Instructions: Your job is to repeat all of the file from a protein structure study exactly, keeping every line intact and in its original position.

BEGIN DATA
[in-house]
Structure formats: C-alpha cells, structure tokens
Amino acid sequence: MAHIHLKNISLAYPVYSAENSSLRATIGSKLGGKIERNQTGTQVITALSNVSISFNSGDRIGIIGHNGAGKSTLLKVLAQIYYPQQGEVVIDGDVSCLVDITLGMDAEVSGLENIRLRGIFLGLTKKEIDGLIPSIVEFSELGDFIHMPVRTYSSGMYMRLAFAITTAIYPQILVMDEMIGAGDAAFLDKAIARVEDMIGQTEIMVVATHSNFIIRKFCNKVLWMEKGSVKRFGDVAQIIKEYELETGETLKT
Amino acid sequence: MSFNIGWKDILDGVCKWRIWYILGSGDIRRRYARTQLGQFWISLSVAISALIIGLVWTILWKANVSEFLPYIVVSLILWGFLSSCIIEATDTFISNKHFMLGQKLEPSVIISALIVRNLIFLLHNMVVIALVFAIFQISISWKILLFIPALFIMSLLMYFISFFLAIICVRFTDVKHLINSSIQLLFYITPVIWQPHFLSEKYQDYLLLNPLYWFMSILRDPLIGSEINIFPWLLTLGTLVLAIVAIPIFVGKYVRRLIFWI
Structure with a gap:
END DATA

[in-house]
Structure formats: C-alpha cells, structure tokens
Amino acid sequence: MAHIHLKNISLAYPVYSAENSSLRATIGSKLGGKIERNQTGTQVITALSNVSISFNSGDRIGIIGHNGAGKSTLLKVLAQIYYPQQGEVVIDGDVSCLVDITLGMDAEVSGLENIRLRGIFLGLTKKEIDGLIPSIVEFSELGDFIHMPVRTYSSGMYMRLAFAITTAIYPQILVMDEMIGAGDAAFLDKAIARVEDMIGQTEIMVVATHSNFIIRKFCNKVLWMEKGSVKRFGDVAQIIKEYELETGETLKT
Amino acid sequence: MSFNIGWKDILDGVCKWRIWYILGSGDIRRRYARTQLGQFWISLSVAISALIIGLVWTILWKANVSEFLPYIVVSLILWGFLSSCIIEATDTFISNKHFMLGQKLEPSVIISALIVRNLIFLLHNMVVIALVFAIFQISISWKILLFIPALFIMSLLMYFISFFLAIICVRFTDVKHLINSSIQLLFYITPVIWQPHFLSEKYQDYLLLNPLYWFMSILRDPLIGSEINIFPWLLTLGTLVLAIVAIPIFVGKYVRRLIFWI
Structure with a gap: